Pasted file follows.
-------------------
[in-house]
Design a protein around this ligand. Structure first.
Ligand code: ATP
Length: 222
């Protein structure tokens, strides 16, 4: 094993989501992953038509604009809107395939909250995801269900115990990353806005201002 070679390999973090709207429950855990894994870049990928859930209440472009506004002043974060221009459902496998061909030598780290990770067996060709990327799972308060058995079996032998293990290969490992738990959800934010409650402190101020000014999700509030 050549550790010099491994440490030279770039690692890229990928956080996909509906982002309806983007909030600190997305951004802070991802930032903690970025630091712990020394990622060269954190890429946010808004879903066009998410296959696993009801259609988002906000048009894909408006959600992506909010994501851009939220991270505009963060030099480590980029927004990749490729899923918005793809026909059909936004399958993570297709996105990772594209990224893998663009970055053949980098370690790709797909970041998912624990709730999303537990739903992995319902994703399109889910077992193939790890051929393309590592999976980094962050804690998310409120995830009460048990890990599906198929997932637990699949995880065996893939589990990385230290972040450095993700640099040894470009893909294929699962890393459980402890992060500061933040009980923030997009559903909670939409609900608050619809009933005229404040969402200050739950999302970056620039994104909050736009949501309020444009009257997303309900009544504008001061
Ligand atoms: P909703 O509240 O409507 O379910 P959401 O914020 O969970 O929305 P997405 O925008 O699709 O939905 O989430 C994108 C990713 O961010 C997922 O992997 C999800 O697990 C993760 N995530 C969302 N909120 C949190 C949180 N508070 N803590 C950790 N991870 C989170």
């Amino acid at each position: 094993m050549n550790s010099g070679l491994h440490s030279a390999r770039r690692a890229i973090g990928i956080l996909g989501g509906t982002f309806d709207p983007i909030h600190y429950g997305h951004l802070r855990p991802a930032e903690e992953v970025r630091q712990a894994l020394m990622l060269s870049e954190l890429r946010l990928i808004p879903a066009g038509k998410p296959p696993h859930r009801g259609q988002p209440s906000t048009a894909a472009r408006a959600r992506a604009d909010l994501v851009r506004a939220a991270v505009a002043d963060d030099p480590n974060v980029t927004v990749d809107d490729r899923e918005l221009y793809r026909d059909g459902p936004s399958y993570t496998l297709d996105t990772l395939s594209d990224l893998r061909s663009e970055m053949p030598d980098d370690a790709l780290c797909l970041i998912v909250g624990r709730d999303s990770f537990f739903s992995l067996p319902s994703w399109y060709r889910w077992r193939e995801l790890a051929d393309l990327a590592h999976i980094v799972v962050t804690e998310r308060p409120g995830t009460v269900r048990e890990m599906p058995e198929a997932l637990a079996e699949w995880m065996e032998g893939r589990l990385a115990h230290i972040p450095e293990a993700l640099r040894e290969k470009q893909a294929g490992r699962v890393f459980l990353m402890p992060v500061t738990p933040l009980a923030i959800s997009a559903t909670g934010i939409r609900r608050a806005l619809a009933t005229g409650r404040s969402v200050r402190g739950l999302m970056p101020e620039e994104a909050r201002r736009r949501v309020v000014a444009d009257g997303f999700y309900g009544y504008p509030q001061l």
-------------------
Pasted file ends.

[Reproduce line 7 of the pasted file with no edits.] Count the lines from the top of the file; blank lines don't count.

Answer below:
């Amino acid at each position: 094993m050549n550790s010099g070679l491994h440490s030279a390999r770039r690692a890229i973090g990928i956080l996909g989501g509906t982002f309806d709207p983007i909030h600190y429950g997305h951004l802070r855990p991802a930032e903690e992953v970025r630091q712990a894994l020394m990622l060269s870049e954190l890429r946010l990928i808004p879903a066009g038509k998410p296959p696993h859930r009801g259609q988002p209440s906000t048009a894909a472009r408006a959600r992506a604009d909010l994501v851009r506004a939220a991270v505009a002043d963060d030099p480590n974060v980029t927004v990749d809107d490729r899923e918005l221009y793809r026909d059909g459902p936004s399958y993570t496998l297709d996105t990772l395939s594209d990224l893998r061909s663009e970055m053949p030598d980098d370690a790709l780290c797909l970041i998912v909250g624990r709730d999303s990770f537990f739903s992995l067996p319902s994703w399109y060709r889910w077992r193939e995801l790890a051929d393309l990327a590592h999976i980094v799972v962050t804690e998310r308060p409120g995830t009460v269900r048990e890990m599906p058995e198929a997932l637990a079996e699949w995880m065996e032998g893939r589990l990385a115990h230290i972040p450095e293990a993700l640099r040894e290969k470009q893909a294929g490992r699962v890393f459980l990353m402890p992060v500061t738990p933040l009980a923030i959800s997009a559903t909670g934010i939409r609900r608050a806005l619809a009933t005229g409650r404040s969402v200050r402190g739950l999302m970056p101020e620039e994104a909050r201002r736009r949501v309020v000014a444009d009257g997303f999700y309900g009544y504008p509030q001061l």